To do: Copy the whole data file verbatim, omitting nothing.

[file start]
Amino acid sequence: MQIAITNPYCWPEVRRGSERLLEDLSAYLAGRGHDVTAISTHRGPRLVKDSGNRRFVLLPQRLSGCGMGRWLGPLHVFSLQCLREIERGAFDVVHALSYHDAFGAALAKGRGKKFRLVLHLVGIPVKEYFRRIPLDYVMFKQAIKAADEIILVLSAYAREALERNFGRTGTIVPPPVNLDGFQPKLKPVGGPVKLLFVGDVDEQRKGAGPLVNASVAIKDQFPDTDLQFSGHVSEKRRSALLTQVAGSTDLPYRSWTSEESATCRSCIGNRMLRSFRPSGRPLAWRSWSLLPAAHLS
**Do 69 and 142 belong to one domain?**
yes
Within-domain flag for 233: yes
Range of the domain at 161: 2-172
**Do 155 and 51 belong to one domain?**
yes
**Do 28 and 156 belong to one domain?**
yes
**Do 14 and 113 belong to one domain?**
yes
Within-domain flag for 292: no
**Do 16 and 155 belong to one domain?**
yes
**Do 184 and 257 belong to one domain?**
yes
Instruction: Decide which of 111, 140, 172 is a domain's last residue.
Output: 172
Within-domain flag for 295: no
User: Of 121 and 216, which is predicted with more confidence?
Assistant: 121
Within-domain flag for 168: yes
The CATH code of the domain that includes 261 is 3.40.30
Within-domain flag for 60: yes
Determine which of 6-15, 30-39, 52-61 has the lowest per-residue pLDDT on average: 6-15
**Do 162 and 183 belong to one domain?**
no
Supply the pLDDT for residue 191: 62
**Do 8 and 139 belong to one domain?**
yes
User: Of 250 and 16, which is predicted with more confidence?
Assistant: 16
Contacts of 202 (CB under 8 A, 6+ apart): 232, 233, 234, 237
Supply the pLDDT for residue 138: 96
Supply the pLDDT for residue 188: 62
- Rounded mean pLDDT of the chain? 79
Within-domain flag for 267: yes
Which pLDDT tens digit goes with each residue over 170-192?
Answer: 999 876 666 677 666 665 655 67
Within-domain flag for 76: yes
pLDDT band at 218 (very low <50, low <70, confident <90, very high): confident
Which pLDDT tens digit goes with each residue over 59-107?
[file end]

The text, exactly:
Amino acid sequence: MQIAITNPYCWPEVRRGSERLLEDLSAYLAGRGHDVTAISTHRGPRLVKDSGNRRFVLLPQRLSGCGMGRWLGPLHVFSLQCLREIERGAFDVVHALSYHDAFGAALAKGRGKKFRLVLHLVGIPVKEYFRRIPLDYVMFKQAIKAADEIILVLSAYAREALERNFGRTGTIVPPPVNLDGFQPKLKPVGGPVKLLFVGDVDEQRKGAGPLVNASVAIKDQFPDTDLQFSGHVSEKRRSALLTQVAGSTDLPYRSWTSEESATCRSCIGNRMLRSFRPSGRPLAWRSWSLLPAAHLS
**Do 69 and 142 belong to one domain?**
yes
Within-domain flag for 233: yes
Range of the domain at 161: 2-172
**Do 155 and 51 belong to one domain?**
yes
**Do 28 and 156 belong to one domain?**
yes
**Do 14 and 113 belong to one domain?**
yes
Within-domain flag for 292: no
**Do 16 and 155 belong to one domain?**
yes
**Do 184 and 257 belong to one domain?**
yes
Instruction: Decide which of 111, 140, 172 is a domain's last residue.
Output: 172
Within-domain flag for 295: no
User: Of 121 and 216, which is predicted with more confidence?
Assistant: 121
Within-domain flag for 168: yes
The CATH code of the domain that includes 261 is 3.40.30
Within-domain flag for 60: yes
Determine which of 6-15, 30-39, 52-61 has the lowest per-residue pLDDT on average: 6-15
**Do 162 and 183 belong to one domain?**
no
Supply the pLDDT for residue 191: 62
**Do 8 and 139 belong to one domain?**
yes
User: Of 250 and 16, which is predicted with more confidence?
Assistant: 16
Contacts of 202 (CB under 8 A, 6+ apart): 232, 233, 234, 237
Supply the pLDDT for residue 138: 96
Supply the pLDDT for residue 188: 62
- Rounded mean pLDDT of the chain? 79
Within-domain flag for 267: yes
Which pLDDT tens digit goes with each residue over 170-192?
Answer: 999 876 666 677 666 665 655 67
Within-domain flag for 76: yes
pLDDT band at 218 (very low <50, low <70, confident <90, very high): confident
Which pLDDT tens digit goes with each residue over 59-107?